Statics are crucial to the operation of the Commemorative Air Force, says Steve Brown. They allow the audience to ask questions about the airplanes and the efforts that the non-profit puts into maintaining and preserving warbirds.

Lieutenant Colonel Art Floru of the Rhode Island National Guard Open House Air Show says that, even though the show’s site at Quonset Point has a rich history as a vital Naval Air Station during World War II, warbirds rarely find their way into the show’s budget. “While warbirds would be an awesome addition to our line-up, the total cost associated with a warbird aerial or static display has been prohibitive,” said Floru.

Floru says that the Quonset Air Museum provides the show with several warbird static displays which help him satisfy his audience’s wants.

Christina Carey, project manager of the Fort Worth Alliance Air Show, utilized a similar solution for last year’s show by featuring locally-based warbirds as statics. “Last year, we had four or five warbirds in that we did a sponsorship with from the Cavanaugh Flight Museum,” said Carey. “We do understand the demand for warbirds and want them to participate, but it’s just figuring out how and how much.”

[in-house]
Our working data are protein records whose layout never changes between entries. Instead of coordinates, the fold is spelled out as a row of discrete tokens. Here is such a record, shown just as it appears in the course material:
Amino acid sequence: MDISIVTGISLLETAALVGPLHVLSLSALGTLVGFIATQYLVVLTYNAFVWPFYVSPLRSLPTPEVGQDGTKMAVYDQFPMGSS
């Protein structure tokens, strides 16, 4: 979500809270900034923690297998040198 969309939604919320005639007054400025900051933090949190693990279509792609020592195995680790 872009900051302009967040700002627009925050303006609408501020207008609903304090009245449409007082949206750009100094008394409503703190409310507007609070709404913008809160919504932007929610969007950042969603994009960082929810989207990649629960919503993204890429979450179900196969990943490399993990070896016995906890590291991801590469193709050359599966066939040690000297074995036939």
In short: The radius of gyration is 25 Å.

Innovation in Marketing Warbirds

As tightening budgets have put the squeeze on warbird participation in some shows, the warbird operators have adapted by developing new and inventive ways to market themselves not only to air show organizers, but to air show audiences as well.

“I think their reputation is that generally they’re boring,” said Mitchell, who has been working with The Horsemen. Pilots Jim Beasley, Dan Friedkin, and Ed Shipley will make up the world’s first three-ship Mustang formation aerobatic team this summer. “The Horsemen have tried to be extremely different,” says Mitchell. “The routine is very compelling, dynamic and short.”

“Air shows are not just going out and watching airplanes fly,” said Shipley. “It’s a storytelling device that lets people connect to some of the most wonderful adventures that mankind has ever been through. We need these warbirds and these operators to be there so that this story can be told right.”

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Pete Muntean
Pete Muntean is a competition aerobatic pilot and broadcast journalist with WUSA, the CBS affiliate in Washington, DC.